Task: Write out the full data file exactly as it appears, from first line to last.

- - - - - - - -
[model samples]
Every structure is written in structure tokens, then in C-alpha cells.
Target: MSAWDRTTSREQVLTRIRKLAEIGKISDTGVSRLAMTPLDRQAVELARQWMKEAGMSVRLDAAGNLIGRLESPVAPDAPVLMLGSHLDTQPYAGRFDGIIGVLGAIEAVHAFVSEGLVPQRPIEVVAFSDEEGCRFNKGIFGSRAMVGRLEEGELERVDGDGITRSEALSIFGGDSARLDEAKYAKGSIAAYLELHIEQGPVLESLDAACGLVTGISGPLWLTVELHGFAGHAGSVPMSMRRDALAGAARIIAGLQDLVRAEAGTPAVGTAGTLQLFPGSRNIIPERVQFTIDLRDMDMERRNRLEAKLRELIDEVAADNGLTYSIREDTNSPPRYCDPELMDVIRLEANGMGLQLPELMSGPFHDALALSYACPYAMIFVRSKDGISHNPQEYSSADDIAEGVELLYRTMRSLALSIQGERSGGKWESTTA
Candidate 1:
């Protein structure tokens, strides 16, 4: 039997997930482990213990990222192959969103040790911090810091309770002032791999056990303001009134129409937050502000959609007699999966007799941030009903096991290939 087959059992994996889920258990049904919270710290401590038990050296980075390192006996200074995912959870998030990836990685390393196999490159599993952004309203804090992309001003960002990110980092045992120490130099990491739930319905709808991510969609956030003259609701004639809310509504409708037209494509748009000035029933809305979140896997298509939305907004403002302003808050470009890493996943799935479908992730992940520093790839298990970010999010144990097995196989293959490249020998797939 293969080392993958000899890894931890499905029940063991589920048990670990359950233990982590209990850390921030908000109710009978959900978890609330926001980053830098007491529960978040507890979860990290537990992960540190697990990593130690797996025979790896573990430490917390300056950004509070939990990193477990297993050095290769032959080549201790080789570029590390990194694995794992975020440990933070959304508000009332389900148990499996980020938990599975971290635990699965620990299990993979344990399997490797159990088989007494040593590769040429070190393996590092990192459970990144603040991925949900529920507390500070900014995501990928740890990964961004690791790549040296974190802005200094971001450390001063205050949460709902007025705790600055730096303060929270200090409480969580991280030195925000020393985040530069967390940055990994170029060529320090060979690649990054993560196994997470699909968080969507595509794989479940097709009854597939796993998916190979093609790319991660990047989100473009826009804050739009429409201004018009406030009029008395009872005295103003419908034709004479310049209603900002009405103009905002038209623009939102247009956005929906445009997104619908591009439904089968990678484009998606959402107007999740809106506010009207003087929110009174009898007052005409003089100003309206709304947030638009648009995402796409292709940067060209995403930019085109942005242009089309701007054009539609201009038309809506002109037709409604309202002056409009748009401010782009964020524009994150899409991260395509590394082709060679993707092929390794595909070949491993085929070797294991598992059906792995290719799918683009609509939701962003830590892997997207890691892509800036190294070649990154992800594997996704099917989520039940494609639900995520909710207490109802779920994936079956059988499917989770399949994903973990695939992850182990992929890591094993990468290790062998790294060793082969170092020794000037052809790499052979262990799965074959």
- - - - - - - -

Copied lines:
[model samples]
Every structure is written in structure tokens, then in C-alpha cells.
Target: MSAWDRTTSREQVLTRIRKLAEIGKISDTGVSRLAMTPLDRQAVELARQWMKEAGMSVRLDAAGNLIGRLESPVAPDAPVLMLGSHLDTQPYAGRFDGIIGVLGAIEAVHAFVSEGLVPQRPIEVVAFSDEEGCRFNKGIFGSRAMVGRLEEGELERVDGDGITRSEALSIFGGDSARLDEAKYAKGSIAAYLELHIEQGPVLESLDAACGLVTGISGPLWLTVELHGFAGHAGSVPMSMRRDALAGAARIIAGLQDLVRAEAGTPAVGTAGTLQLFPGSRNIIPERVQFTIDLRDMDMERRNRLEAKLRELIDEVAADNGLTYSIREDTNSPPRYCDPELMDVIRLEANGMGLQLPELMSGPFHDALALSYACPYAMIFVRSKDGISHNPQEYSSADDIAEGVELLYRTMRSLALSIQGERSGGKWESTTA
Candidate 1:
């Protein structure tokens, strides 16, 4: 039997997930482990213990990222192959969103040790911090810091309770002032791999056990303001009134129409937050502000959609007699999966007799941030009903096991290939 087959059992994996889920258990049904919270710290401590038990050296980075390192006996200074995912959870998030990836990685390393196999490159599993952004309203804090992309001003960002990110980092045992120490130099990491739930319905709808991510969609956030003259609701004639809310509504409708037209494509748009000035029933809305979140896997298509939305907004403002302003808050470009890493996943799935479908992730992940520093790839298990970010999010144990097995196989293959490249020998797939 293969080392993958000899890894931890499905029940063991589920048990670990359950233990982590209990850390921030908000109710009978959900978890609330926001980053830098007491529960978040507890979860990290537990992960540190697990990593130690797996025979790896573990430490917390300056950004509070939990990193477990297993050095290769032959080549201790080789570029590390990194694995794992975020440990933070959304508000009332389900148990499996980020938990599975971290635990699965620990299990993979344990399997490797159990088989007494040593590769040429070190393996590092990192459970990144603040991925949900529920507390500070900014995501990928740890990964961004690791790549040296974190802005200094971001450390001063205050949460709902007025705790600055730096303060929270200090409480969580991280030195925000020393985040530069967390940055990994170029060529320090060979690649990054993560196994997470699909968080969507595509794989479940097709009854597939796993998916190979093609790319991660990047989100473009826009804050739009429409201004018009406030009029008395009872005295103003419908034709004479310049209603900002009405103009905002038209623009939102247009956005929906445009997104619908591009439904089968990678484009998606959402107007999740809106506010009207003087929110009174009898007052005409003089100003309206709304947030638009648009995402796409292709940067060209995403930019085109942005242009089309701007054009539609201009038309809506002109037709409604309202002056409009748009401010782009964020524009994150899409991260395509590394082709060679993707092929390794595909070949491993085929070797294991598992059906792995290719799918683009609509939701962003830590892997997207890691892509800036190294070649990154992800594997996704099917989520039940494609639900995520909710207490109802779920994936079956059988499917989770399949994903973990695939992850182990992929890591094993990468290790062998790294060793082969170092020794000037052809790499052979262990799965074959």